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Lights Out

Figure 2 from Horton et al. 2019 showing average cumulative distribution of (a) spring and (b) fall migrations from 1995 to 2017 measured by weather surveillance radar (WSR). Circles indicate WSR station locations and are scaled to cumulative migration activity. Magnitudes are standardized to the same range. (c) Log10-scaled mean radiance of ALAN measured by the VIIRS on the Suomi-NPP satellite.

Every spring and fall, billions of birds migrate through the US, mostly under the cover of darkness. This massive passage of birds must contend with a rapidly increasing but still largely unrecognized threat: light pollution. 

Light attracts and disorients these migrating birds, confusing and exhausting them as well as making them vulnerable to collisions with buildings, not to mention other urban threats like cats and toxins. An estimated 365 – 988 million birds die in collisions with buildings annually, including a number of species of high conservation concern. The BirdCast team joins a growing international Lights Out efforts already underway, including in over 30 cities in North America, in proposing and implementing a simple solution: turning off unnecessary lighting during critical migration periods. Turning off lights dramatically reduces hazards from attraction to and disorientation by light, allowing birds to safely proceed with their migratory journeys. And further, Lights Out does more than save birds, it saves energy and money! The Environmental Protection Agency highlights energy as the largest operating expense for commercial buildings. Reducing energy use by shutting off lights for migration season makes environmental sense and fiscal sense.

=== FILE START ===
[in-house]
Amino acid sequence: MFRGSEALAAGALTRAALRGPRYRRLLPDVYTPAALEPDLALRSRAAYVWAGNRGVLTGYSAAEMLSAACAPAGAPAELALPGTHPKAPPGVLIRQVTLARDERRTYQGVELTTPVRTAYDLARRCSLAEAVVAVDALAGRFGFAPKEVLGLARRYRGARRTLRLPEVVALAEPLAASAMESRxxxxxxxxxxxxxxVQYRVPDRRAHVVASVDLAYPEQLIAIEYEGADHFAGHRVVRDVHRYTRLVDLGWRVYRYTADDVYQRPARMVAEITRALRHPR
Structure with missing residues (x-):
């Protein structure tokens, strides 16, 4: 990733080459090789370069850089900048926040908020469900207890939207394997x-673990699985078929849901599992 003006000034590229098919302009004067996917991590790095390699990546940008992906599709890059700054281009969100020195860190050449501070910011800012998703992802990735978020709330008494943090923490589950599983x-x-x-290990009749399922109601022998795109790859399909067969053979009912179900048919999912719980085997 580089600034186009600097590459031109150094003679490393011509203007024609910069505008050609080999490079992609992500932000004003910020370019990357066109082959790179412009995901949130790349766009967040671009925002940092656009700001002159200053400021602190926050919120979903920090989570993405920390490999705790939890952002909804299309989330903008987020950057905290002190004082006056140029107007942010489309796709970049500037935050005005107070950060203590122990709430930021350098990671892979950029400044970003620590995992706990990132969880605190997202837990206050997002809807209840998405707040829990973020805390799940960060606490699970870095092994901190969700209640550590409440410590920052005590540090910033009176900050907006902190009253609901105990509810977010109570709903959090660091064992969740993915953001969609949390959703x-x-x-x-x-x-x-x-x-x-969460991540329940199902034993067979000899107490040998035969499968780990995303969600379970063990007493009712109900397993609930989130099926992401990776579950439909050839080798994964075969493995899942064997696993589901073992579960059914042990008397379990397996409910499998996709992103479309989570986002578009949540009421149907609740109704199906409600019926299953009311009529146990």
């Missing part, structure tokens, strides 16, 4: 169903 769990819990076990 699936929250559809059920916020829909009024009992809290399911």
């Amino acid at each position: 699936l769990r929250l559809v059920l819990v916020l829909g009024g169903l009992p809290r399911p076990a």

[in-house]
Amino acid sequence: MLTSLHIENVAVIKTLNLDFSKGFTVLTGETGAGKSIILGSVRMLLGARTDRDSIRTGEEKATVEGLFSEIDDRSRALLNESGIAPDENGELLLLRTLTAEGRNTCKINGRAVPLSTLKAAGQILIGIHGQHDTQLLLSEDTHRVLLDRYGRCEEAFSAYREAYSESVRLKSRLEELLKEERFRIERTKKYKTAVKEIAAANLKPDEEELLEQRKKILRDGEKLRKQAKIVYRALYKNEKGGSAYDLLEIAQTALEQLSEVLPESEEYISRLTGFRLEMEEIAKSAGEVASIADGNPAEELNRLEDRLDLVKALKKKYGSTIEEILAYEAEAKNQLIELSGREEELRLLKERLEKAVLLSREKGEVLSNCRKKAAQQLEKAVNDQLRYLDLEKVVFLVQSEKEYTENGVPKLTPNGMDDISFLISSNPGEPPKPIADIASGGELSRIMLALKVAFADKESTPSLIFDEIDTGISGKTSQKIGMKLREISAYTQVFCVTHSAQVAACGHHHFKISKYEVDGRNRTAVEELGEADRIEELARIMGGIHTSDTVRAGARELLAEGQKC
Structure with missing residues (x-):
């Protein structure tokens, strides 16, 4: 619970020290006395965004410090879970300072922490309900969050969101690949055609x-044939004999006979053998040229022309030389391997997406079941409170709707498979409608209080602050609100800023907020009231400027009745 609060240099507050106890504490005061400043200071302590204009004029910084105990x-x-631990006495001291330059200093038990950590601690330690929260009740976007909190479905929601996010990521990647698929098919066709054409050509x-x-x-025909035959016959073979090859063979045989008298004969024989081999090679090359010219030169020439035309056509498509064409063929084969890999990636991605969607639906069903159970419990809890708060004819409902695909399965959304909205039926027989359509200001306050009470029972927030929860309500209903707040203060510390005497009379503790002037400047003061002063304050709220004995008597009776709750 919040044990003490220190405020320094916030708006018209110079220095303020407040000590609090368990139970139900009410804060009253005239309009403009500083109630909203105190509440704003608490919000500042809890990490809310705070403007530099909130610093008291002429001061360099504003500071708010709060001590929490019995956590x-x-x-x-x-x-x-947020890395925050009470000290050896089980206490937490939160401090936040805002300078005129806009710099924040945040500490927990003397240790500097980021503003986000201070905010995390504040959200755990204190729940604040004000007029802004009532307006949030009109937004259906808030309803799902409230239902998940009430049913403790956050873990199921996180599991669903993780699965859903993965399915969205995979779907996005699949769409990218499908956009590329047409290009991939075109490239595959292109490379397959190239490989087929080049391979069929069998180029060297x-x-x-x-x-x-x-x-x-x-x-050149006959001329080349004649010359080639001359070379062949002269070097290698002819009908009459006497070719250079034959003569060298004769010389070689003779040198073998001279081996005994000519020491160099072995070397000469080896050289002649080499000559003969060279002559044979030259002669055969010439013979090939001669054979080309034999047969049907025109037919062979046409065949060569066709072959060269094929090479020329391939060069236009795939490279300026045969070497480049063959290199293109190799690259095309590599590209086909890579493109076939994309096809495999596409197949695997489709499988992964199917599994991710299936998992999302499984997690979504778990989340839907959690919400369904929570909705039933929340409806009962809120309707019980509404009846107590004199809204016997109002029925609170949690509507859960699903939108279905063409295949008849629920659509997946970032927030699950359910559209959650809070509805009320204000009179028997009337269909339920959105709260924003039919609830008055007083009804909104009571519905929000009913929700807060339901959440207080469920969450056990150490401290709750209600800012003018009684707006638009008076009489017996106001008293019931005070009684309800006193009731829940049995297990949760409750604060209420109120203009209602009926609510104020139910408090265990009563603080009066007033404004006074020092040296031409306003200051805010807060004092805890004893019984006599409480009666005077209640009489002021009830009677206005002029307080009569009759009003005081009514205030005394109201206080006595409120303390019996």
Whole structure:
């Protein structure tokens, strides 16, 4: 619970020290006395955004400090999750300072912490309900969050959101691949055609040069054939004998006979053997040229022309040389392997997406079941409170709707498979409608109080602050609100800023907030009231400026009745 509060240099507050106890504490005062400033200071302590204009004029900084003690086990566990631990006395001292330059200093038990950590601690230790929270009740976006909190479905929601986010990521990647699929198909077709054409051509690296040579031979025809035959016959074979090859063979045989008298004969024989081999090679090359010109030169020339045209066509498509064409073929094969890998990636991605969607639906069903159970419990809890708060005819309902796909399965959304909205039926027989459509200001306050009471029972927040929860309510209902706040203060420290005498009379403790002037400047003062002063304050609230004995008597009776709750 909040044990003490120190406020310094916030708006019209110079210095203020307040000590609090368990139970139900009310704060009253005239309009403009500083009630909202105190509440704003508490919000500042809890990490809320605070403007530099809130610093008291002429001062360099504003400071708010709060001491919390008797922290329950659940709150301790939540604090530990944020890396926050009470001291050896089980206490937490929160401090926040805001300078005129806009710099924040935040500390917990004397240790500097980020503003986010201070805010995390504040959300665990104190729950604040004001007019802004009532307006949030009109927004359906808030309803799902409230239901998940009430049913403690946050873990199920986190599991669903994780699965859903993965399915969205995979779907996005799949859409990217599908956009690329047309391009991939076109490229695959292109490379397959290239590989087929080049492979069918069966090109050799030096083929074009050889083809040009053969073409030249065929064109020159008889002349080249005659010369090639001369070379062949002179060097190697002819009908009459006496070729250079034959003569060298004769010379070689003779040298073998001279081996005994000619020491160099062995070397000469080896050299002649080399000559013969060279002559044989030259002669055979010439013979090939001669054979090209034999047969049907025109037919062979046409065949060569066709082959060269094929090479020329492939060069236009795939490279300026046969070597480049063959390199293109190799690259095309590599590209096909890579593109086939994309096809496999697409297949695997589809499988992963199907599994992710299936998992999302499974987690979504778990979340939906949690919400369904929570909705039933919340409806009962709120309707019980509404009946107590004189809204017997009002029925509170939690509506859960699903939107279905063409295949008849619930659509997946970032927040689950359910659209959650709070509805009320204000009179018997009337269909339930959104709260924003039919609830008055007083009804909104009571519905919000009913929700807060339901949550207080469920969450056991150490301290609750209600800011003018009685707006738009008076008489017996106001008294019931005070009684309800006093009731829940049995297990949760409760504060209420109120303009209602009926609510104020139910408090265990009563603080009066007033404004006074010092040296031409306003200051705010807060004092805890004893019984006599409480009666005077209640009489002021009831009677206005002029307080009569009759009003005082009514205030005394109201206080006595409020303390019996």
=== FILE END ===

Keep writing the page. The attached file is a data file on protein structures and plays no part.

Lights Out is a win-win for birds and cities, and the people who love both.

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